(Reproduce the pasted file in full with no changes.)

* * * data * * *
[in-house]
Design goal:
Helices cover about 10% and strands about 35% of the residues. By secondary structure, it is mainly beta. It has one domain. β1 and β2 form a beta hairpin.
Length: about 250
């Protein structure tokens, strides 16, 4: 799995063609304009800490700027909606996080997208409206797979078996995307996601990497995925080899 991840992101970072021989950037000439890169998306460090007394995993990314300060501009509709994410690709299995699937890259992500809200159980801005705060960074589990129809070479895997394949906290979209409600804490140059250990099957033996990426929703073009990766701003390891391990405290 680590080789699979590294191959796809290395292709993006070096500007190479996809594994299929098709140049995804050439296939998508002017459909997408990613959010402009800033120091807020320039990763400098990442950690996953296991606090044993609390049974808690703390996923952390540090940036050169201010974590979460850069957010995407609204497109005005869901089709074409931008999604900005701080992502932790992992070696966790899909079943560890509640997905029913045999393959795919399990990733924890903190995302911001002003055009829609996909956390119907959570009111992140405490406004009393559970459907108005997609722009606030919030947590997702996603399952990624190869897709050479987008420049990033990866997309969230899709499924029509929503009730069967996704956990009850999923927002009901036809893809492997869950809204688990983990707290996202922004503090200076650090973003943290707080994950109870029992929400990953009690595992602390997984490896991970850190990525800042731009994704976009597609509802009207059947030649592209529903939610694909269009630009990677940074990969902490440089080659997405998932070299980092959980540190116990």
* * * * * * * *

[in-house]
Design goal:
Helices cover about 10% and strands about 35% of the residues. By secondary structure, it is mainly beta. It has one domain. β1 and β2 form a beta hairpin.
Length: about 250
């Protein structure tokens, strides 16, 4: 799995063609304009800490700027909606996080997208409206797979078996995307996601990497995925080899 991840992101970072021989950037000439890169998306460090007394995993990314300060501009509709994410690709299995699937890259992500809200159980801005705060960074589990129809070479895997394949906290979209409600804490140059250990099957033996990426929703073009990766701003390891391990405290 680590080789699979590294191959796809290395292709993006070096500007190479996809594994299929098709140049995804050439296939998508002017459909997408990613959010402009800033120091807020320039990763400098990442950690996953296991606090044993609390049974808690703390996923952390540090940036050169201010974590979460850069957010995407609204497109005005869901089709074409931008999604900005701080992502932790992992070696966790899909079943560890509640997905029913045999393959795919399990990733924890903190995302911001002003055009829609996909956390119907959570009111992140405490406004009393559970459907108005997609722009606030919030947590997702996603399952990624190869897709050479987008420049990033990866997309969230899709499924029509929503009730069967996704956990009850999923927002009901036809893809492997869950809204688990983990707290996202922004503090200076650090973003943290707080994950109870029992929400990953009690595992602390997984490896991970850190990525800042731009994704976009597609509802009207059947030649592209529903939610694909269009630009990677940074990969902490440089080659997405998932070299980092959980540190116990």